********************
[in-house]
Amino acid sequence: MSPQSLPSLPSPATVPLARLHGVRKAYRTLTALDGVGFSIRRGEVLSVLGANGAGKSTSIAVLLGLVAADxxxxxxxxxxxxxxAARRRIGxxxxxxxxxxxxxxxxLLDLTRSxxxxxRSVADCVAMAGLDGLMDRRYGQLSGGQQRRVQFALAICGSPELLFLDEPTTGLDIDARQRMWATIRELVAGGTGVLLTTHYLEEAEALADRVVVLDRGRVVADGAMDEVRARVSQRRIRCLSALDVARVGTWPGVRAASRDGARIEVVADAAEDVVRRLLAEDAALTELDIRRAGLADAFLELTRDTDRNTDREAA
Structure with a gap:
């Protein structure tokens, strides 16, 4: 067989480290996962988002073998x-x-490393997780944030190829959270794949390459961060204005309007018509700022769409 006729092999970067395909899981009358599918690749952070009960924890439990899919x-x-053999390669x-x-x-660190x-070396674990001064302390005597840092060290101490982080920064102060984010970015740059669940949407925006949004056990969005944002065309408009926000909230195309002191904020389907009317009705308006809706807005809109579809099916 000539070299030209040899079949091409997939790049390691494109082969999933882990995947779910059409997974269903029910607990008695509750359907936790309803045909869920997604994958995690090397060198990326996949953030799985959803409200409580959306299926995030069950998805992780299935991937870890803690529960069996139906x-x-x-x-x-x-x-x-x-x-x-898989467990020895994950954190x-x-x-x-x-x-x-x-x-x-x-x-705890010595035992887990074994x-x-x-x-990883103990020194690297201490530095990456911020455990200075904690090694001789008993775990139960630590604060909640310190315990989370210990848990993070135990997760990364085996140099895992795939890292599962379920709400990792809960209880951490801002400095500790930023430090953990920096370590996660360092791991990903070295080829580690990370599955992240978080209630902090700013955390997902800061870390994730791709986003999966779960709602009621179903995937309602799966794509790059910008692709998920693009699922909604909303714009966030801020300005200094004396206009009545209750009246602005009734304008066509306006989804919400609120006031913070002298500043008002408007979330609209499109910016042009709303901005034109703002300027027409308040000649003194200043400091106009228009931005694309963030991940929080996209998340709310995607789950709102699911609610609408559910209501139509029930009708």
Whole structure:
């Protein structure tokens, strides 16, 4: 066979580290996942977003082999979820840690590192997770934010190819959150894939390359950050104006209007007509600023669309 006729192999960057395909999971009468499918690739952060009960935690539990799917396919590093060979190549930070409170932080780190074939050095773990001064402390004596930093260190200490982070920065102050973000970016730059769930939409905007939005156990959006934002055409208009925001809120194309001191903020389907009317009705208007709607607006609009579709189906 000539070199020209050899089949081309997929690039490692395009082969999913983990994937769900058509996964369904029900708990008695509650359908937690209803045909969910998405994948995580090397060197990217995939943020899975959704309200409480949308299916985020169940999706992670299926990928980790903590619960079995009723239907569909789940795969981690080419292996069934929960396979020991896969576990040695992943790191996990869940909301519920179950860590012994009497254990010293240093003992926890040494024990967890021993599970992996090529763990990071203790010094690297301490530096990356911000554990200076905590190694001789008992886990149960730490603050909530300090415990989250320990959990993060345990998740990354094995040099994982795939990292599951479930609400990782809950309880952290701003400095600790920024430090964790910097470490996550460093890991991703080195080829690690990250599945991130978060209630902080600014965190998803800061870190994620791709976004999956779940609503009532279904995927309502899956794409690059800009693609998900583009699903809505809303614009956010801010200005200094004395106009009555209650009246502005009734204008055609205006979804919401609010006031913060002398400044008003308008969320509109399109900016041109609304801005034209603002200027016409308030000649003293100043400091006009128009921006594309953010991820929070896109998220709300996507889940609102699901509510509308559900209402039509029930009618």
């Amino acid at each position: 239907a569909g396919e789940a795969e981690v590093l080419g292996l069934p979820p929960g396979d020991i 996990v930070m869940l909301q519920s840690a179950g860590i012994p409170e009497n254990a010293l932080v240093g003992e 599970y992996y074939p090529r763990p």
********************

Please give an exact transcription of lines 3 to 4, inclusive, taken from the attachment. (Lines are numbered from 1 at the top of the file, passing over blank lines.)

Structure with a gap:
């Protein structure tokens, strides 16, 4: 067989480290996962988002073998x-x-490393997780944030190829959270794949390459961060204005309007018509700022769409 006729092999970067395909899981009358599918690749952070009960924890439990899919x-x-053999390669x-x-x-660190x-070396674990001064302390005597840092060290101490982080920064102060984010970015740059669940949407925006949004056990969005944002065309408009926000909230195309002191904020389907009317009705308006809706807005809109579809099916 000539070299030209040899079949091409997939790049390691494109082969999933882990995947779910059409997974269903029910607990008695509750359907936790309803045909869920997604994958995690090397060198990326996949953030799985959803409200409580959306299926995030069950998805992780299935991937870890803690529960069996139906x-x-x-x-x-x-x-x-x-x-x-898989467990020895994950954190x-x-x-x-x-x-x-x-x-x-x-x-705890010595035992887990074994x-x-x-x-990883103990020194690297201490530095990456911020455990200075904690090694001789008993775990139960630590604060909640310190315990989370210990848990993070135990997760990364085996140099895992795939890292599962379920709400990792809960209880951490801002400095500790930023430090953990920096370590996660360092791991990903070295080829580690990370599955992240978080209630902090700013955390997902800061870390994730791709986003999966779960709602009621179903995937309602799966794509790059910008692709998920693009699922909604909303714009966030801020300005200094004396206009009545209750009246602005009734304008066509306006989804919400609120006031913070002298500043008002408007979330609209499109910016042009709303901005034109703002300027027409308040000649003194200043400091106009228009931005694309963030991940929080996209998340709310995607789950709102699911609610609408559910209501139509029930009708």